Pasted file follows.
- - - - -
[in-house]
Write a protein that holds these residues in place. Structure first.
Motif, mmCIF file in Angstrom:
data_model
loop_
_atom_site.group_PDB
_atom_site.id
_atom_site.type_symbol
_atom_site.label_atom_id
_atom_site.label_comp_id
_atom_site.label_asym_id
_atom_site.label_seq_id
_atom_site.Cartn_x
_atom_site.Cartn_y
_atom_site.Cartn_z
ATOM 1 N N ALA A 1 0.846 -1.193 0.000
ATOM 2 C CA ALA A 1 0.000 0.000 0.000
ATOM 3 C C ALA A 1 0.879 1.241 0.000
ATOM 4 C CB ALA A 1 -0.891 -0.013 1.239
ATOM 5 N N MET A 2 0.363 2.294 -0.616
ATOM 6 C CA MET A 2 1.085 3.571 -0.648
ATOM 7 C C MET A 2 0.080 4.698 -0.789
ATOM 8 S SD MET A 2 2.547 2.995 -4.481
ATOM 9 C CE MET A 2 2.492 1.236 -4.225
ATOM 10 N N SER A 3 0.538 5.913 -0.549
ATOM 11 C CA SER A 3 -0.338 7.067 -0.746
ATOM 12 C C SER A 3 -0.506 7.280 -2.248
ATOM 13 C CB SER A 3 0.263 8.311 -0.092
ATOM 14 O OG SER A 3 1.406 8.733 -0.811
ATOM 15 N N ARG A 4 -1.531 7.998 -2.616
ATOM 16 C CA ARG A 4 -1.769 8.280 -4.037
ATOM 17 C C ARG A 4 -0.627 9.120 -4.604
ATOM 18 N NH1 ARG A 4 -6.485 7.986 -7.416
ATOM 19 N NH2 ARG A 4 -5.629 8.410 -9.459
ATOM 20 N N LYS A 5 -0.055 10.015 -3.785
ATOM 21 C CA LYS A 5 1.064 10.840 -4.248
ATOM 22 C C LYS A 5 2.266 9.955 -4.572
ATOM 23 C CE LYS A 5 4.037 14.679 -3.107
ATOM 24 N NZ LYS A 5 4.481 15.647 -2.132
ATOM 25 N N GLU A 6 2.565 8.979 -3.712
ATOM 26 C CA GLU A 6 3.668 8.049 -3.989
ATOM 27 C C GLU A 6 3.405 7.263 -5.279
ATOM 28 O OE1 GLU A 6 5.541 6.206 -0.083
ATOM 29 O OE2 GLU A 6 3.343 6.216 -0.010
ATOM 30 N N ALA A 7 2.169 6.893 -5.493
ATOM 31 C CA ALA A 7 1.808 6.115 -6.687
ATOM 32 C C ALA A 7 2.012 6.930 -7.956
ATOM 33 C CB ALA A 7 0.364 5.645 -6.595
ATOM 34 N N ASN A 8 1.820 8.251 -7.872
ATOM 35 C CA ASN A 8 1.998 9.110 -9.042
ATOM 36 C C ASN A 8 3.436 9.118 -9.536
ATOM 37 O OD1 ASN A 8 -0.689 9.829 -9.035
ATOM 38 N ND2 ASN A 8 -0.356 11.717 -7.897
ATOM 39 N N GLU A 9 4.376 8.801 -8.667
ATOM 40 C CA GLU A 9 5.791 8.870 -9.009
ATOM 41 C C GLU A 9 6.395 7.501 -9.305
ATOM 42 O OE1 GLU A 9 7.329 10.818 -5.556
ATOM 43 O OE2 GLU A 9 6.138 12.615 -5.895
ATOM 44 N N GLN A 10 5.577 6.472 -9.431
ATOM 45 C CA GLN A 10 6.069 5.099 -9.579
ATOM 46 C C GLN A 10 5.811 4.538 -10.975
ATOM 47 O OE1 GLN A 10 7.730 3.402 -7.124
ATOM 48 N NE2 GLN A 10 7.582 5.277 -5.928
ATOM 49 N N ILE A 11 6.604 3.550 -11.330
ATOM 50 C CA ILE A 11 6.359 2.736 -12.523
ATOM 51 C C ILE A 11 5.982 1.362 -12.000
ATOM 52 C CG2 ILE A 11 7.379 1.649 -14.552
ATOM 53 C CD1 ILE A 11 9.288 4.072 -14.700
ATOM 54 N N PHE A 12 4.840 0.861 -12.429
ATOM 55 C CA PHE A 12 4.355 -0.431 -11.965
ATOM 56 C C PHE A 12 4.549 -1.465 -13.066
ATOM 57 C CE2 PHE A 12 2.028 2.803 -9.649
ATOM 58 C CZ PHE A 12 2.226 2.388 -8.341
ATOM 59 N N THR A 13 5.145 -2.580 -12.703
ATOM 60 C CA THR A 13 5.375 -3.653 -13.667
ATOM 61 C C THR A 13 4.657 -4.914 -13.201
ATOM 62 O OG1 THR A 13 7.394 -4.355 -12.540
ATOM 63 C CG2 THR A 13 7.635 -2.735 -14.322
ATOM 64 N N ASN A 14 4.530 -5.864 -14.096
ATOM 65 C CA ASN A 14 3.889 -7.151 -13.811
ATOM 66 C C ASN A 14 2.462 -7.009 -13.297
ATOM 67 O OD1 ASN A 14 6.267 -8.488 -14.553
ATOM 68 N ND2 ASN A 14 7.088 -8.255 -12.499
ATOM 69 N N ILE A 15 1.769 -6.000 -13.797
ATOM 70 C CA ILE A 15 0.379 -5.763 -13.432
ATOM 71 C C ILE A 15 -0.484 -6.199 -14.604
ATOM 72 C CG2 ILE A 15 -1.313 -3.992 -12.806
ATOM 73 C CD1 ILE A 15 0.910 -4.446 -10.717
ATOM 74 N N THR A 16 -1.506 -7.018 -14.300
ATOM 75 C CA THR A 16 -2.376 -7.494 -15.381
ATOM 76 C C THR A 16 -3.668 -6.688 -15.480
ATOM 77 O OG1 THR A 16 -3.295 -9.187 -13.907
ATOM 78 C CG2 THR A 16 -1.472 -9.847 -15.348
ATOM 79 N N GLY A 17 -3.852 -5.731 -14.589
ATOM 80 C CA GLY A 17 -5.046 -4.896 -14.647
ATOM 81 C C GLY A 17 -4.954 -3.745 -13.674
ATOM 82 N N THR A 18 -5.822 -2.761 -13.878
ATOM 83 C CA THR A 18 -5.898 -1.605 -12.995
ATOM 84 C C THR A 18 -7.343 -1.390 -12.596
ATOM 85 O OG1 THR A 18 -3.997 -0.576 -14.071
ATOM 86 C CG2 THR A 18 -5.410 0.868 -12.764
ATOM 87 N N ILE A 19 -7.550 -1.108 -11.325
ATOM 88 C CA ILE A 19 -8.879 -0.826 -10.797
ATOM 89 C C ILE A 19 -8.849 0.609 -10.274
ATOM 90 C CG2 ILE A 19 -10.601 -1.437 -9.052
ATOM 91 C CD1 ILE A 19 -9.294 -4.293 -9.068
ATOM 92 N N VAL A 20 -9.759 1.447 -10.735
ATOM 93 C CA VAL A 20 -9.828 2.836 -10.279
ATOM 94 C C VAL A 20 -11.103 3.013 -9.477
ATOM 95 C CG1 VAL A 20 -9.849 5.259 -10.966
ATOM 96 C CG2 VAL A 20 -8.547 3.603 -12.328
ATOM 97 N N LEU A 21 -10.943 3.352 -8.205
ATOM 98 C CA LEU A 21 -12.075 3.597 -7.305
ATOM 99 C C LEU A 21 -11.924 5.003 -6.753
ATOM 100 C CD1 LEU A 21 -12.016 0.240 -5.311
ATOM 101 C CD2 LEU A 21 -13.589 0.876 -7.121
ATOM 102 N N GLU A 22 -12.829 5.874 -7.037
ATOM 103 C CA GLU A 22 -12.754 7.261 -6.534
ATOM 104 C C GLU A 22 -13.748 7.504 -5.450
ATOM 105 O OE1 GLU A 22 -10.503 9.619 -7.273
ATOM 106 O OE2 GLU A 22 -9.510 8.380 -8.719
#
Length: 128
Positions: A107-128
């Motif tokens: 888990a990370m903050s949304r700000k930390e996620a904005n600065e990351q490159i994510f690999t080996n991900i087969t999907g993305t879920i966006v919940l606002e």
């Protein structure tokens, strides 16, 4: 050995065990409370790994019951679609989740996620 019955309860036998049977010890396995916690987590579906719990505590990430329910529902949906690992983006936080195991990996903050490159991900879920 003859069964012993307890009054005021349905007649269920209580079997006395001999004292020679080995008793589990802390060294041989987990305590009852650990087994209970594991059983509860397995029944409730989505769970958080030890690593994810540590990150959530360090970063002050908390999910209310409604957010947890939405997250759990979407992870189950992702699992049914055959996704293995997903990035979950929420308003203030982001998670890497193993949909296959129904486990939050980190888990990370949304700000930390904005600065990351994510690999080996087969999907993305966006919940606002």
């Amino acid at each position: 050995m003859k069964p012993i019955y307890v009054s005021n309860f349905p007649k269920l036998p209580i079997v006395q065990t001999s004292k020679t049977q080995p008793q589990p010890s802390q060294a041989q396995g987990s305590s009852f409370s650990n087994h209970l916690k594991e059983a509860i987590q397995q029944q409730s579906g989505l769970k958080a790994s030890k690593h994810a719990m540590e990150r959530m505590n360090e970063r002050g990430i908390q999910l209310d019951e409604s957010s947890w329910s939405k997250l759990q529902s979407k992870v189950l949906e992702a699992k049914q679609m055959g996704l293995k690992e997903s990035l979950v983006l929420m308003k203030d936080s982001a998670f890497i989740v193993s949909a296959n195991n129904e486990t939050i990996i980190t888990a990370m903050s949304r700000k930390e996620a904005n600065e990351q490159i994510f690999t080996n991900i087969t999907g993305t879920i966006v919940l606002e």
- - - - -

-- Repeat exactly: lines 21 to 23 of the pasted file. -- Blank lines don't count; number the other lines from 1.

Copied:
ATOM 6 C CA MET A 2 1.085 3.571 -0.648
ATOM 7 C C MET A 2 0.080 4.698 -0.789
ATOM 8 S SD MET A 2 2.547 2.995 -4.481